(II) For until convergence.(a)Factorize , where and are unit bidiagonal and diagonal matrix, respectively.(b)Solve .(c)Solve .(d)Set .
In the implementation of Algorithm 15, the initial secular can be chosen by the following principles: If , let ; else let , where is obtained by the ()th iterative steps of Algorithm 2. The stopping criteria can be used as , where is a small tolerance.

By fully using the result of Theorem 6, Algorithm 2 can be optimized as in Algorithm 16.

Algorithm 16. (i) Given matrices , and a small tolerance .
Computing ,.
Set ,,, and .
(ii) If , compute where .
Else, computing (the first one ,
(iii) If , computing , .
If , stop. Else, setting and go to Step 2.
Else, go to Step 4.
(iv) Using Algorithm 15 to compute the solution of the problem (43).
(v) If , setting , then stop.
Else, setting and go to step 2.

4. Numerical Experiments

In this section, we present numerical examples to illustrate the availability and the real application of the proposed iteration method. All tests are performed using MATLAB 7.1 with a 32-bit Windows XP operating system. Our experiments are performed on an FOUNFER computer of mode E520 with 2.8 GHz CPU and 3.25 G RAM. Because of the error of calculation, the iteration will not stop with finite steps. Hence, we regard the approximation solution as the solution of problem (1) if the , where

Example 17. Given the matrices ,, as follows:

When , using Algorithm 16 and iterate 43 steps, we obtain the approximation solution

When , using the Algorithm 16 and iterative 23 steps, we obtain the approximation solution

Given a nonnegative real number , with iterate 45 steps, we obtain the approximation solution

Example 18. We work with a 2D first-kind Fredholm integral equation of the generic form where and are function. Based on [12], we have that the discretization of the problem (51) leads to the linear relation between the discrete solution and the discrete data , where
An example of such problem is image denoising with a Gaussian point spread function: which is used as a model for out-of-focus as well as atmospheric turbulence blur [13]. In Figure 1(a), the original image is the standard test image of Lena with size , which is also a matrix . After the image was blurred by Gaussian kernel (53) with , we get Figure 1(b); that is the matrix . In image denoising, our target is to get the solution of . Tikhonov regularization is needed to treat this problem in order to control the effect of the noise on the solution. As we have said in Section 1, Tikhonov regularization is equivalent to over the norm inequality constraint matrix equation

fig1
Figure 1: (a) The original image. (b) The noisy image. (c) The recovered image.

Based on [7], represents the energy of the target image, so we get . Solving the above problem by Algorithm 16, we get the recovered image in Figure 1(c). It means our algorithm is suitable for image denoising.

Acknowledgments

The research was supported by National Natural Science Foundation of China (11261014) and Innovation Project of GUET Graduate Education (XJYC2012023).

References

  1. Z.-Y. Peng, “A matrix LSQR iterative method to solve matrix equation AXB=C,” International Journal of Computer Mathematics, vol. 87, no. 8, pp. 1820–1830, 2010. View at Publisher · View at Google Scholar · View at Zentralblatt MATH · View at MathSciNet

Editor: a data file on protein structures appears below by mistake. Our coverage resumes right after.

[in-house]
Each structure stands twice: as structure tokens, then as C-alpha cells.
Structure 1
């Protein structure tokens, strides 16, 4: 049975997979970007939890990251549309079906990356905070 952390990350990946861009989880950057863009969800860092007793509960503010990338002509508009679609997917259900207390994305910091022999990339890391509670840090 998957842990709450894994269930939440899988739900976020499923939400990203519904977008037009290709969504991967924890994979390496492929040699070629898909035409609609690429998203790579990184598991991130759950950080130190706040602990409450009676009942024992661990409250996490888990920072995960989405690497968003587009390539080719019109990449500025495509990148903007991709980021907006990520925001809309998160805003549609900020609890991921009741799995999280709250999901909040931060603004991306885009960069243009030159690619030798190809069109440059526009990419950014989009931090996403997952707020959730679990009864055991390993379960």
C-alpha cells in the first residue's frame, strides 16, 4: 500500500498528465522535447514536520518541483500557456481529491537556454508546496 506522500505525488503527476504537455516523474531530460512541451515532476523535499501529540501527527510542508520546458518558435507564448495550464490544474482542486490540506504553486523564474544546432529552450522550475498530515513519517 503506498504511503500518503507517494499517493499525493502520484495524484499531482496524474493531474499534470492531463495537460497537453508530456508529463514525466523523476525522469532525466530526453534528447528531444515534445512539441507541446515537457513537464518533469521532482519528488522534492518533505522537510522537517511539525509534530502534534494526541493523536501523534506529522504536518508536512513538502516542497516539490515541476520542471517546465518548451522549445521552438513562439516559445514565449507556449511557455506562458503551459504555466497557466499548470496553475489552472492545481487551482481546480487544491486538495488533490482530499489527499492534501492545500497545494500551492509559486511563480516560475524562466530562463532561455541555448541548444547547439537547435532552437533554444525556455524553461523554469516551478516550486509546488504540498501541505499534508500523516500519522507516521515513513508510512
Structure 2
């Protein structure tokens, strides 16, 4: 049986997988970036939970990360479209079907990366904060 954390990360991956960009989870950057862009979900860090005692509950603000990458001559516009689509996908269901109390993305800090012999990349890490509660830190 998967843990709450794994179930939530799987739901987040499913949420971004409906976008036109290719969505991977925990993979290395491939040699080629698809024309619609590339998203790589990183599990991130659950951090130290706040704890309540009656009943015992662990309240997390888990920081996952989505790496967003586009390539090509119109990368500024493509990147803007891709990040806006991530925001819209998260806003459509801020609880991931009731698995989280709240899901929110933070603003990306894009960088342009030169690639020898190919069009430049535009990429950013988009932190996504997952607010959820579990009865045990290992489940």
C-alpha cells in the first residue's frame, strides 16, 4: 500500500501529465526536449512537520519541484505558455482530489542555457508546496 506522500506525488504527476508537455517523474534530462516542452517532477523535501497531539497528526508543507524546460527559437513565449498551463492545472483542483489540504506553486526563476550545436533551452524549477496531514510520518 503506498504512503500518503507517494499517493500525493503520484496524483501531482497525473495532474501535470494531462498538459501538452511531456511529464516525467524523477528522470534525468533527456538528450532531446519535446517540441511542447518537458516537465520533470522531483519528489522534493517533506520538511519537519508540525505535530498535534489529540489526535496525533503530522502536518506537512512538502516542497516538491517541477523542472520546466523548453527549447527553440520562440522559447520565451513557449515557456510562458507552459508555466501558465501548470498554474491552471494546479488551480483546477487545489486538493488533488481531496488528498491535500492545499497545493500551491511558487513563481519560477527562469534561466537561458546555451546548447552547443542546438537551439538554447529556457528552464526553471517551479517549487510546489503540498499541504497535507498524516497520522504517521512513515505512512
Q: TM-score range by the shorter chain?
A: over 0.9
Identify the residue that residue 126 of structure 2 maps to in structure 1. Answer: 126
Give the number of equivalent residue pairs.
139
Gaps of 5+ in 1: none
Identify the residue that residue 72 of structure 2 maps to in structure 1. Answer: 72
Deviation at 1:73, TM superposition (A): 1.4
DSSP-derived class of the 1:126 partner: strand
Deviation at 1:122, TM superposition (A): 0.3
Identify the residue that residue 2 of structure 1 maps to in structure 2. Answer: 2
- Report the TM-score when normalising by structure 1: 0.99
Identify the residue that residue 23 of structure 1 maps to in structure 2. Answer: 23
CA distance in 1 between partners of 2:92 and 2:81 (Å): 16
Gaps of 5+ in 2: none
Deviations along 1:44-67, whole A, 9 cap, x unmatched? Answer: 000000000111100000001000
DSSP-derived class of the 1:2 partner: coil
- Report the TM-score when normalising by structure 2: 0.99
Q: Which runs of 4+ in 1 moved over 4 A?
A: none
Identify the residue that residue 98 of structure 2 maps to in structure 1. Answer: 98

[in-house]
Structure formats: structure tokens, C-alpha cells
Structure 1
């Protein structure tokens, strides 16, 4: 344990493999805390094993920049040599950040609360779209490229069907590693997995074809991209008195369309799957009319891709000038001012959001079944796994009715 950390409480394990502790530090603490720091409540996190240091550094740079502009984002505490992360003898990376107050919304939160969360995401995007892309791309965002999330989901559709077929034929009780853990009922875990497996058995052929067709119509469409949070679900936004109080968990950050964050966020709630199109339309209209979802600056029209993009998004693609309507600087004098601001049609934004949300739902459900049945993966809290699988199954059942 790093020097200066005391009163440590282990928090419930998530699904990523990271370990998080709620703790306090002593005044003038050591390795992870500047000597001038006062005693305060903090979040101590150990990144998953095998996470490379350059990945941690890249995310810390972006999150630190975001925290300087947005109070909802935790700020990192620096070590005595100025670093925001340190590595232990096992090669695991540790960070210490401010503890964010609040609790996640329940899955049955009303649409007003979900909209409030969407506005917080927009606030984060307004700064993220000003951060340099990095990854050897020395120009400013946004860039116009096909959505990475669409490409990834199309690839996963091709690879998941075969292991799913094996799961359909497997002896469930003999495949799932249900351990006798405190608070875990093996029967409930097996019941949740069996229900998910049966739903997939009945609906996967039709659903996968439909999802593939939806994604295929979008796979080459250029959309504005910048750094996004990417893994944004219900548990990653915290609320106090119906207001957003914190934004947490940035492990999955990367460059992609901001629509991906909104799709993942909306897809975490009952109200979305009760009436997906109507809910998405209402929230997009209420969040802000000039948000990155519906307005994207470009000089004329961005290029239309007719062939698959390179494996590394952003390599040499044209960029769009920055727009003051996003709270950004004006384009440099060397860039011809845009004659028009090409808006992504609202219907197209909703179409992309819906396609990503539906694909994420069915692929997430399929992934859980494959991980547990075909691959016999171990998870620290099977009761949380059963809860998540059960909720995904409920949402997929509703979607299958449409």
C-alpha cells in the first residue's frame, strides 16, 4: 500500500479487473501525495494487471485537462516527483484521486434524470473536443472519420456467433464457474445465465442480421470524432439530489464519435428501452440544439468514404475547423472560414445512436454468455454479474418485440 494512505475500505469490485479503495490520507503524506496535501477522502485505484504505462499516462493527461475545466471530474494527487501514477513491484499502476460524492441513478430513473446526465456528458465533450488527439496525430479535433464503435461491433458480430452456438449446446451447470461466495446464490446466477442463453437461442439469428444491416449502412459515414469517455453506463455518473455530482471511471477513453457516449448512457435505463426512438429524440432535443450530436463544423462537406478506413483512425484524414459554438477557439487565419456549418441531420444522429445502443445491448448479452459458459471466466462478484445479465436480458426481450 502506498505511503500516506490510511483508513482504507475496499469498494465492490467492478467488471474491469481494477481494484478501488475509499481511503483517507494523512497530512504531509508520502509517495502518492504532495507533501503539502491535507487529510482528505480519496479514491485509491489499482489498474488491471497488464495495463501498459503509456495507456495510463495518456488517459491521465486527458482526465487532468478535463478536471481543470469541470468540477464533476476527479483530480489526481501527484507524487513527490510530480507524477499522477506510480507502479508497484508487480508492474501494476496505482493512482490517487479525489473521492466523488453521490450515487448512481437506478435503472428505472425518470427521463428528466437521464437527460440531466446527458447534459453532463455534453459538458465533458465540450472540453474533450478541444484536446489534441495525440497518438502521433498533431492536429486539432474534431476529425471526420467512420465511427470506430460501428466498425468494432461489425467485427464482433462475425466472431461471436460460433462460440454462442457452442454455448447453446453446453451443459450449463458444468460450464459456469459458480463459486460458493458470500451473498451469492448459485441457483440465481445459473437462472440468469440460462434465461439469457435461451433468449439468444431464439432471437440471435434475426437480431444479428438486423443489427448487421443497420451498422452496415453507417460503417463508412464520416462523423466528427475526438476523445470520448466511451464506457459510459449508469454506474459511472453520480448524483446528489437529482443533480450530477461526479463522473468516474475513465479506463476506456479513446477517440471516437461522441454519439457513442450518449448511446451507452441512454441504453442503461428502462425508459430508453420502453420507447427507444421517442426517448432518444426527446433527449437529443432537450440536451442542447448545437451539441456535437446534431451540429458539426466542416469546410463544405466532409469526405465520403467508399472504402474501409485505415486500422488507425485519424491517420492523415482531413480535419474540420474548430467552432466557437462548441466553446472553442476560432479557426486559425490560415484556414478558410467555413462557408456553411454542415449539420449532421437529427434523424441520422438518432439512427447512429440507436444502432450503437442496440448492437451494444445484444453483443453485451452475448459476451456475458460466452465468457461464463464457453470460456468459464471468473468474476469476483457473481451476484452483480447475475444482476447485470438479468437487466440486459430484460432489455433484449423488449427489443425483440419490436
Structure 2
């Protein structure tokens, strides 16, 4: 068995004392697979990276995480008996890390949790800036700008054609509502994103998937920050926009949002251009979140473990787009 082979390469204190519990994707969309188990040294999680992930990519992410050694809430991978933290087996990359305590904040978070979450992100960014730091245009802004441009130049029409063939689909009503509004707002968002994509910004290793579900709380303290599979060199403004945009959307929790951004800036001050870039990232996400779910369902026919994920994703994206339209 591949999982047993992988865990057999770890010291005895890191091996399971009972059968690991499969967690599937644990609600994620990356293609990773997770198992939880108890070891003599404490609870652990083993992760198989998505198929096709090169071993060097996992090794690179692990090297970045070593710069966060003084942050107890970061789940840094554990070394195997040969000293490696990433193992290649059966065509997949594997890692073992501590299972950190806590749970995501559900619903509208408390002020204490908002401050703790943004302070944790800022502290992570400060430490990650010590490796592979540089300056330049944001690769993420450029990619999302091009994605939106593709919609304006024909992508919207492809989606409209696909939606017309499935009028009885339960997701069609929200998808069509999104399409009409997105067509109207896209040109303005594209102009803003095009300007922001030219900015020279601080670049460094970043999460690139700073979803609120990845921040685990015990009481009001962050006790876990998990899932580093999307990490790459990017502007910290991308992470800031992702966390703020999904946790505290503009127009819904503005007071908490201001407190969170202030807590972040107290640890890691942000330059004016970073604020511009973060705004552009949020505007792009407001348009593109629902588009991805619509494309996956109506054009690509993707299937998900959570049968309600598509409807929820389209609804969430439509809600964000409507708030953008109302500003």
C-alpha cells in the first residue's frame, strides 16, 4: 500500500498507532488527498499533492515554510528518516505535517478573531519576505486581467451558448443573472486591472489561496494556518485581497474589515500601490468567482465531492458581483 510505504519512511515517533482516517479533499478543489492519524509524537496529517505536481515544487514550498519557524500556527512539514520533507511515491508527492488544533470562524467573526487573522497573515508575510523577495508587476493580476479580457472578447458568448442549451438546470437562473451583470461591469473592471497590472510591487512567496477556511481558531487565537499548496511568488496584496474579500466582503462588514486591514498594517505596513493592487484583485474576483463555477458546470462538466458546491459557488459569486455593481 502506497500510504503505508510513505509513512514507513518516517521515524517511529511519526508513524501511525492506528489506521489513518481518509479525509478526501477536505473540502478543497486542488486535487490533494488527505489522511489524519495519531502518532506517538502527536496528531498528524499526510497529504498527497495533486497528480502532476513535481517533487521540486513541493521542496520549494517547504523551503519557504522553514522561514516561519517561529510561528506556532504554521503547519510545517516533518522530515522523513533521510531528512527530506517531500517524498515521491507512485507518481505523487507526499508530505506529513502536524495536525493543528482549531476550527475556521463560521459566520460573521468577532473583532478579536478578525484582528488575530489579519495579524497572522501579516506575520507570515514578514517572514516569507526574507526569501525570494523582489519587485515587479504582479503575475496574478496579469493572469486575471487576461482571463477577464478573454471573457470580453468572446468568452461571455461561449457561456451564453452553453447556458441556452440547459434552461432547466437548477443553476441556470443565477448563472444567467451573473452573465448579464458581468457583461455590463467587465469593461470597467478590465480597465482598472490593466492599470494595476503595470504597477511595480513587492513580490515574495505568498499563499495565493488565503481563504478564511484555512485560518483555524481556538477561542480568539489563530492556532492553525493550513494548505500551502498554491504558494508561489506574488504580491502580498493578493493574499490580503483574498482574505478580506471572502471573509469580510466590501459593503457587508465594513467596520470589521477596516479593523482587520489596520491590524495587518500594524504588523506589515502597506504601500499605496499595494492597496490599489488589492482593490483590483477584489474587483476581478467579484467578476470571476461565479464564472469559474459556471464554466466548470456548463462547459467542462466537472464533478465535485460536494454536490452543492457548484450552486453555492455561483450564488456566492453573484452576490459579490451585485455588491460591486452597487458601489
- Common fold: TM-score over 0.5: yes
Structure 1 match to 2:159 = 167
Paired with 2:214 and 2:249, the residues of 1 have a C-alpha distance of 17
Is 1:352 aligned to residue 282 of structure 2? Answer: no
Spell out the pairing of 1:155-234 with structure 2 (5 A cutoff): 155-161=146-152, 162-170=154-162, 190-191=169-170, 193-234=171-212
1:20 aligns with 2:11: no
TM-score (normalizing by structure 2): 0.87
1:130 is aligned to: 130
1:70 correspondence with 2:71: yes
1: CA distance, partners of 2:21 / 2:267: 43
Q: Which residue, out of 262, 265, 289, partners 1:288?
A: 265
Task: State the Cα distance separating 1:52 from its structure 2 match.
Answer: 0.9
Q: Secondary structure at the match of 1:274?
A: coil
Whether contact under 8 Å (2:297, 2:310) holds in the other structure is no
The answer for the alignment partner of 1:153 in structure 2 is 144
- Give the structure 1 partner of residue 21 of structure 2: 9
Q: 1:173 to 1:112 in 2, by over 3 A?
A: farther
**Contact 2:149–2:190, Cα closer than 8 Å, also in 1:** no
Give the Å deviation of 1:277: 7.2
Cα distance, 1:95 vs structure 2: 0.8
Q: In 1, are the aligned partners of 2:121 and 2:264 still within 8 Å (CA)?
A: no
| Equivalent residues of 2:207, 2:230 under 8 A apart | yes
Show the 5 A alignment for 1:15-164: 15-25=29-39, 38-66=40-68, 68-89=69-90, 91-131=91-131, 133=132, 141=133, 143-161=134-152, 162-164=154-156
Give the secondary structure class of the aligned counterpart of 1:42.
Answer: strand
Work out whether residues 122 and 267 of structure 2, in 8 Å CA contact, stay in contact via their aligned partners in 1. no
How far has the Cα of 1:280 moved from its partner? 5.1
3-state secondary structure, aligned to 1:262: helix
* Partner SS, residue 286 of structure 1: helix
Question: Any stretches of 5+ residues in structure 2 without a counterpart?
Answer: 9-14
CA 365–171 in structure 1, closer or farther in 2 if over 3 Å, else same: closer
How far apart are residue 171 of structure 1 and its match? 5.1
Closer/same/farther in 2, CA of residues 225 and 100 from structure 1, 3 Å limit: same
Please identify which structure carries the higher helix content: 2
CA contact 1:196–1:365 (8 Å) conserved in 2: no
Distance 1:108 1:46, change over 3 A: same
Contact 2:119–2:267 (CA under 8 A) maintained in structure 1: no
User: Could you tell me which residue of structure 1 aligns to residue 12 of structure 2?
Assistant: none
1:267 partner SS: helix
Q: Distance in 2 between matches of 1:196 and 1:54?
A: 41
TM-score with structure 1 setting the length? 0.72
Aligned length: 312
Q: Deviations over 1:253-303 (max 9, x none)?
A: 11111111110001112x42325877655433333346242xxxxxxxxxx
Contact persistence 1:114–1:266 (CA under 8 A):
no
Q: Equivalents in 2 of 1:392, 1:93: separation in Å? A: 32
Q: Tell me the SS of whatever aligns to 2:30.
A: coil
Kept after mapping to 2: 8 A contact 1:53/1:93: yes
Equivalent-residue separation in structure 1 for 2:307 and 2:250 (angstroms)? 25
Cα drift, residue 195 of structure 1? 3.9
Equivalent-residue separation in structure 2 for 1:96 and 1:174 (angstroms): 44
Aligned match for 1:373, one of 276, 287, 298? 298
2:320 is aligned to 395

2. Y.-X. Peng, X.-Y. Hu, and L. Zhang, “An iteration method for the symmetric solutions and the optimal approximation solution of the matrix equation AXB=C,” Applied Mathematics and Computation, vol. 160, no. 3, pp. 763–777, 2005. View at Publisher · View at Google Scholar · View at Zentralblatt MATH · View at MathSciNet
  3. Z.-Y. Peng, “New matrix iterative methods for constraint solutions of the matrix equation AXB=C,” Journal of Computational and Applied Mathematics, vol. 235, no. 3, pp. 726–735, 2010. View at Publisher · View at Google Scholar · View at Zentralblatt MATH · View at MathSciNet
  4. M.-L. Liang, C.-H. You, and L.-F. Dai, “An efficient algorithm for the generalized centro-symmetric solution of matrix equation AXB=C,” Numerical Algorithms, vol. 44, no. 2, pp. 173–184, 2007. View at Publisher · View at Google Scholar · View at Zentralblatt MATH · View at MathSciNet
  5. G.-X. Huang, F. Yin, and K. Guo, “An iterative method for the skew-symmetric solution and the optimal approximate solution of the matrix equation AXB=C,” Journal of Computational and Applied Mathematics, vol. 212, no. 2, pp. 231–244, 2008. View at Publisher · View at Google Scholar · View at Zentralblatt MATH · View at MathSciNet
  6. M. Rojas and D. C. Sorensen, “A trust-region approach to the regularization of large-scale discrete forms of ill-posed problems,” SIAM Journal on Scientific Computing, vol. 23, no. 6, pp. 1842–1860, 2002. View at Publisher · View at Google Scholar · View at Zentralblatt MATH · View at MathSciNet
  7. M. Bertero and P. Boccacci, Introduction to Inverse Problems in Imaging, Institute of Physics Publishing, Bristol, UK, 1998. View at Publisher · View at Google Scholar · View at MathSciNet
  8. N. I. M. Gould, S. Lucidi, M. Roma, and P. L. Toint, “Solving the trust-region subproblem using the Lanczos method,” SIAM Journal on Optimization, vol. 9, no. 2, pp. 504–525, 1999. View at Publisher · View at Google Scholar · View at Zentralblatt MATH · View at MathSciNet
  9. T. Steihaug, “The conjugate gradient method and trust regions in large scale optimization,” SIAM Journal on Numerical Analysis, vol. 20, no. 3, pp. 626–637, 1983. View at Publisher · View at Google Scholar · View at Zentralblatt MATH · View at MathSciNet
  10. L. Toint, “Towards an efficient sparsity exploiting Newton method for minimization,” in Proceedings of the Conference on Sparse Matrices and Their Uses, Academic Press, London, UK, 1981.
  11. J. J. Moré and D. C. Sorensen, “Computing a trust region step,” SIAM Journal on Scientific and Statistical Computing, vol. 4, no. 3, pp. 553–572, 1983. View at Publisher · View at Google Scholar · View at Zentralblatt MATH · View at MathSciNet
  12. P. C. Hansen, M. Jacobsen, J. M. Rasmussen, and H. Sorensen, “The PP-TSVD algorithm for image restoration problems,” in Methods and Applications of Inversion, P. C. Hansen, B. H. Jacobsen, and K. Mosegaard, Eds., vol. 92 of Lecture Notes in Earth Sciences, pp. 171–186, Spring, Berlin, Germany, 2000. View at Publisher · View at Google Scholar
  13. M. R. Banham and A. K. Katsaggelos, “Digital image restoration,” IEEE Signal Processing Magazine, vol. 14, no. 2, pp. 24–41, 1997. View at Scopus